|کد مقاله||کد نشریه||سال انتشار||مقاله انگلیسی||ترجمه فارسی||نسخه تمام متن|
|92352||159950||2016||11 صفحه PDF||سفارش دهید||دانلود کنید|
We empirically tested relationships among the characteristics of trustworthiness, trust instilled in river guides, and risks perceived by whitewater recreationists that rafted a Wild and Scenic River in the Southern Sierra Nevada, CA. Drawing on a social exchange framework, we used survey data to address the following objectives: 1) investigate three dimensions of trustworthiness, including ability, integrity, and benevolence; 2) examine trust in decisions and trust in values that recreationists associated with their river guides; and 3) determine the effects of trustworthiness and trust on recreationists' beliefs that river guides minimized psychological and social risks from rafting the Kern River. Results from a latent variable path model revealed that the ability and integrity of river guides played important roles in explaining why they were trusted by recreationists, which in turn positively influenced the extent to which guides were believed to minimize risk. Contrary to previous research, we found that trust in values did not play a substantive role in predicting risk perception. A greater understanding of the trust-risk relationship will shed light on how public land management agencies can effectively navigate risk in dangerous wildland environments and provide access to otherwise inaccessible resources owned and valued by the public.Management ImplicationsOur results offer insight on how public land management agencies can negotiate risk and maintain high quality recreational opportunities afforded by wildland environments. Specifically, our study findings suggest:●Whitewater recreationists may not be able to access and/or enjoy wildland environments without trust and trustworthiness garnered from the assistance of guides.●The trust-risk relationship can be understood from a social exchange perspective.●Trustworthiness is an important mechanism for explaining trust in decisions and trust in values.●The extent to which river guides are thought to minimize risks can be predicted by the ability and integrity of a river guide and trust placed on their decisions.●The benevolence of river guides does not factor into the formation of trust or the risk perceptions of whitewater recreationists.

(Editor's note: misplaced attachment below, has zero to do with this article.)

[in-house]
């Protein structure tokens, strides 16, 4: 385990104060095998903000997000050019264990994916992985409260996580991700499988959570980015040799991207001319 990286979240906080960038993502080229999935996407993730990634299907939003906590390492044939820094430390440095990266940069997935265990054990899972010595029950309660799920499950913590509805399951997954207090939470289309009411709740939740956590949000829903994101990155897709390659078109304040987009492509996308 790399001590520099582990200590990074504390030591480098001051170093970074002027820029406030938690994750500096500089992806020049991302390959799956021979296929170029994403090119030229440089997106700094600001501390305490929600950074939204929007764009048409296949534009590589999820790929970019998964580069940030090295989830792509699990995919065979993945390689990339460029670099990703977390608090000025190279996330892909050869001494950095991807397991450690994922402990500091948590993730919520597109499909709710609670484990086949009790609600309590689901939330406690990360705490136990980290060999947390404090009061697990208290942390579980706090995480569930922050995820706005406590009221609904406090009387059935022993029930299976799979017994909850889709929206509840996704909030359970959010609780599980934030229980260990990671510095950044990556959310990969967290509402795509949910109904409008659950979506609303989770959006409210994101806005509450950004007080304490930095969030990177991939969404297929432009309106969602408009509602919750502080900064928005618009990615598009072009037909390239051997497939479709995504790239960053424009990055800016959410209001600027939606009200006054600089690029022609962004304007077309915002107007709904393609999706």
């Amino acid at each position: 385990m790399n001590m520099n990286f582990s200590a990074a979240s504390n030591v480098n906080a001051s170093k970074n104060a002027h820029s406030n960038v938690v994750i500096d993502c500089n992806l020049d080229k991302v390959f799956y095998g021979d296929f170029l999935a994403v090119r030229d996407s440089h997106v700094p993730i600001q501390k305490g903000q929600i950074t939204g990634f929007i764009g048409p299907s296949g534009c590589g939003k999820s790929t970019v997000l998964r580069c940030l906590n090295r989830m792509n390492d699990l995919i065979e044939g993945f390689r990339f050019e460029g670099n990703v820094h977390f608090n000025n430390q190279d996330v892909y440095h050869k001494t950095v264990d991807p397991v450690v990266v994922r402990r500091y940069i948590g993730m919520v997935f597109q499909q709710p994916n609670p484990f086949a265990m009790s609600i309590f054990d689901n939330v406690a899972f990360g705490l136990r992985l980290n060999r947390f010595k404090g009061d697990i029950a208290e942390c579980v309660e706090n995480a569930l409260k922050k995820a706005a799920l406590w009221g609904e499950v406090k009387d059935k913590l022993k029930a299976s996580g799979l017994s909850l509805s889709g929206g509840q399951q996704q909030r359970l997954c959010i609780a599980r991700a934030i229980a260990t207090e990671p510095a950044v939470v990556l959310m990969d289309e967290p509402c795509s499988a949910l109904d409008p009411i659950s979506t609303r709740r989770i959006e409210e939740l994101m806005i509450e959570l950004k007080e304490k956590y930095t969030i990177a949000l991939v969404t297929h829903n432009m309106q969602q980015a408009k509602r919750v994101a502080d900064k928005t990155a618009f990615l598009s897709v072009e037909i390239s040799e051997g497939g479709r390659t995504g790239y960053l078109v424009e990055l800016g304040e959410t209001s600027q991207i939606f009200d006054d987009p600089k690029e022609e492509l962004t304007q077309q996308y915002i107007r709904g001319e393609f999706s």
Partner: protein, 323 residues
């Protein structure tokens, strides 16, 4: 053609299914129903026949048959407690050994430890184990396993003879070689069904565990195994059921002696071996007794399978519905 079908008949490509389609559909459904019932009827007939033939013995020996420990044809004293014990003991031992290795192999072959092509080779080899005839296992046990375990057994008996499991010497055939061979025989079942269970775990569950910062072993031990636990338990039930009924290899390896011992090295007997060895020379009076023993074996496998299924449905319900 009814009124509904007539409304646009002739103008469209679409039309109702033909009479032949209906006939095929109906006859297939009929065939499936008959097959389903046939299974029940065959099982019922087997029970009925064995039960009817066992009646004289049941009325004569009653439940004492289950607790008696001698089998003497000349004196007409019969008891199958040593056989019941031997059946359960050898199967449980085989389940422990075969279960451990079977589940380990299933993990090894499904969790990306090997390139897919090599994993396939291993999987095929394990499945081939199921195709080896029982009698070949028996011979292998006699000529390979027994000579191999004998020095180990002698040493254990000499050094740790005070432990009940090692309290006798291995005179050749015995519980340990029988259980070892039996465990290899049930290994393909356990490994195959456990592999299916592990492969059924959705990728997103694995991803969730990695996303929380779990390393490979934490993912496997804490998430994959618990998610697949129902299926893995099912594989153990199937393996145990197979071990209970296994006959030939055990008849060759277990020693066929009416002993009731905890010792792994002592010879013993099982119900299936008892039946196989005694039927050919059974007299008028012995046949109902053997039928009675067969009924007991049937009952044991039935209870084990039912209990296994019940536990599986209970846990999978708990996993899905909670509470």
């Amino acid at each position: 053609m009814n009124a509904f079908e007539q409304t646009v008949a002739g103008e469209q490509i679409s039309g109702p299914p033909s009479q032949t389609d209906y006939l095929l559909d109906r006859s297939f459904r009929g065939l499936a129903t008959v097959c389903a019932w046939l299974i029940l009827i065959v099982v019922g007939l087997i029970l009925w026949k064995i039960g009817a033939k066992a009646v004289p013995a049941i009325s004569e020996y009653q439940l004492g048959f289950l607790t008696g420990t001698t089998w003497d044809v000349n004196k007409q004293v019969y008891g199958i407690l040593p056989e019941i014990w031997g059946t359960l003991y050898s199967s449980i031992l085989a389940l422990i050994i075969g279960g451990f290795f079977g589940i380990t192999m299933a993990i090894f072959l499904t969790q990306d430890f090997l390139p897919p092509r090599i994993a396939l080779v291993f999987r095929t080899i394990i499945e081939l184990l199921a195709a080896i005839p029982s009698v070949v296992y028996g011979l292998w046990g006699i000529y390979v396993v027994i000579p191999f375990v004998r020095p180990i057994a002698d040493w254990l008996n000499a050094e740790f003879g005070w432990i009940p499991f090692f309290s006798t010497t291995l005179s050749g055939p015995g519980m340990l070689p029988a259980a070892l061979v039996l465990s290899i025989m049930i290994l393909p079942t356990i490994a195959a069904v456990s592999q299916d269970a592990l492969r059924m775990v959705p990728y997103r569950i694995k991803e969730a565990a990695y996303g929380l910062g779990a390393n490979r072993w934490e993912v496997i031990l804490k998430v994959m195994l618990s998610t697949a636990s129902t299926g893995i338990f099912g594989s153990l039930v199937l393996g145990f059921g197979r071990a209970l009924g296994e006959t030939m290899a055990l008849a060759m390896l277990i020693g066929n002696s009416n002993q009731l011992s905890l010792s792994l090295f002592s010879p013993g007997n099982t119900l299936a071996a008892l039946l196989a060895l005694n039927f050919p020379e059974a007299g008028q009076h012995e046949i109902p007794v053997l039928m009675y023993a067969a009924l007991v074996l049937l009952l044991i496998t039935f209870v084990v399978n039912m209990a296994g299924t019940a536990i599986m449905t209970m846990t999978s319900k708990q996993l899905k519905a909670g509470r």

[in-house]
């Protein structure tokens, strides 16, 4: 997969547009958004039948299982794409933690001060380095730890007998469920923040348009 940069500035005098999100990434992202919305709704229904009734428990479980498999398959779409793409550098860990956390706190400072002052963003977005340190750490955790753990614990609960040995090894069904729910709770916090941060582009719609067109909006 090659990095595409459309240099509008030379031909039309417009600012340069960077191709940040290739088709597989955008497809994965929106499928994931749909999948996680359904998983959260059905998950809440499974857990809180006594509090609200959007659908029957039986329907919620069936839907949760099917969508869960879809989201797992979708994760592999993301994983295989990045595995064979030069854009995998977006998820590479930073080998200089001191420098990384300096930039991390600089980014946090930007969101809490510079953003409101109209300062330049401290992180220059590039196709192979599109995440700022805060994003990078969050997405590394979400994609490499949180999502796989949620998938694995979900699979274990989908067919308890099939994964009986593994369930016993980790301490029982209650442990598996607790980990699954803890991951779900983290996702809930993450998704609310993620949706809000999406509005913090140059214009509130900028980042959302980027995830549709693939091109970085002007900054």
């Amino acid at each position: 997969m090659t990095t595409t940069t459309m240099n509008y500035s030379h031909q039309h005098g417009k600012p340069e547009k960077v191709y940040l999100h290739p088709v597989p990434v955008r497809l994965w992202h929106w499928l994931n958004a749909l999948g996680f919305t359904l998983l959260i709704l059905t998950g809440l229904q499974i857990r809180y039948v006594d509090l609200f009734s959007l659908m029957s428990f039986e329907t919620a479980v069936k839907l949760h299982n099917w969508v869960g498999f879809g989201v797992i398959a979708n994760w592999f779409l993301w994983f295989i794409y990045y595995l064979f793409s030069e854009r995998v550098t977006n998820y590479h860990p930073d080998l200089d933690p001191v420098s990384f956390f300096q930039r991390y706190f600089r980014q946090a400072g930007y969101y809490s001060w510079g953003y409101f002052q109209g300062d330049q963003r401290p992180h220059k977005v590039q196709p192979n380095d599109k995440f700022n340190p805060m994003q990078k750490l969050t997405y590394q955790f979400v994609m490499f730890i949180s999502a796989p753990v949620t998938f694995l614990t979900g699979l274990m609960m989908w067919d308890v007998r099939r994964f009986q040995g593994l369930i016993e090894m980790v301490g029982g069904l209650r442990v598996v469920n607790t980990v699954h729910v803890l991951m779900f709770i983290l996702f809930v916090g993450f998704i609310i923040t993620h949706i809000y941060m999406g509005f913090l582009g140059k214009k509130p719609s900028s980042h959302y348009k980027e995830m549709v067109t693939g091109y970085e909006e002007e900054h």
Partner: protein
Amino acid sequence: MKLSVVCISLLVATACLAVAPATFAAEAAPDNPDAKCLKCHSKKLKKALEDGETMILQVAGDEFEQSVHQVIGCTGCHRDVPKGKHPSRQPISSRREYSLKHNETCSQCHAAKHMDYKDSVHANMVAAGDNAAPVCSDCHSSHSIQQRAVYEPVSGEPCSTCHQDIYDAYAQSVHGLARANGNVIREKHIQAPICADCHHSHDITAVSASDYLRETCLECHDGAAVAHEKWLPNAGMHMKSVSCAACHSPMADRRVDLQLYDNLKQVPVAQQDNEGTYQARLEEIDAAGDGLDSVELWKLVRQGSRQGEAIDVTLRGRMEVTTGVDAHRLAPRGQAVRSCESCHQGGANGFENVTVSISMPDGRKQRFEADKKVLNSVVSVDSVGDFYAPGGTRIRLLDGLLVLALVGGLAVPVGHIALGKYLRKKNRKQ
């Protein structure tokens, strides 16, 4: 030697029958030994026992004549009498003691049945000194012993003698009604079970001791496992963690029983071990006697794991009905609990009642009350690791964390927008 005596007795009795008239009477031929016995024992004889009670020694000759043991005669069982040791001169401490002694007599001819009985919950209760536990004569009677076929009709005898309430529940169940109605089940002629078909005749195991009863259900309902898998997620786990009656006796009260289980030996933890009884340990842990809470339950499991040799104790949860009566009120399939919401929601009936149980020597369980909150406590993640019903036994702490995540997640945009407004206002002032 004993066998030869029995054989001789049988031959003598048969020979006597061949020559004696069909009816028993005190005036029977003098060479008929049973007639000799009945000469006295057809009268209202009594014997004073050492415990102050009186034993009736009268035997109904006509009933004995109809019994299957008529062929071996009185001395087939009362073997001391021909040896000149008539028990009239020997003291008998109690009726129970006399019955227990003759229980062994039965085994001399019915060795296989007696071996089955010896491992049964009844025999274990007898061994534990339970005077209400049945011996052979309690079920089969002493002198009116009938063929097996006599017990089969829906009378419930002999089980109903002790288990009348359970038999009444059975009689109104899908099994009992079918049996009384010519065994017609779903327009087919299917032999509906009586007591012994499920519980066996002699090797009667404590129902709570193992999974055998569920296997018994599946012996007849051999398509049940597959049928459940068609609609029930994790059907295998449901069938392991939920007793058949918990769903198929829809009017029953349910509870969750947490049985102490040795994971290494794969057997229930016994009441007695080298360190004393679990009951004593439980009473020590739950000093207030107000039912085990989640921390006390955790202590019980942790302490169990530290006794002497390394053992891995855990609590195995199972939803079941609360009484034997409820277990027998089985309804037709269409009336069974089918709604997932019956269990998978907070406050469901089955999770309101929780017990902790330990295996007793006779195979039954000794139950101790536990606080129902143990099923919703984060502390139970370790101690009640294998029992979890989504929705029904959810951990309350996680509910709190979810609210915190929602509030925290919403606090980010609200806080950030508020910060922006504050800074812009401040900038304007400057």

Journal: Journal of Outdoor Recreation and Tourism - Volume 13, April 2016, Pages 23–33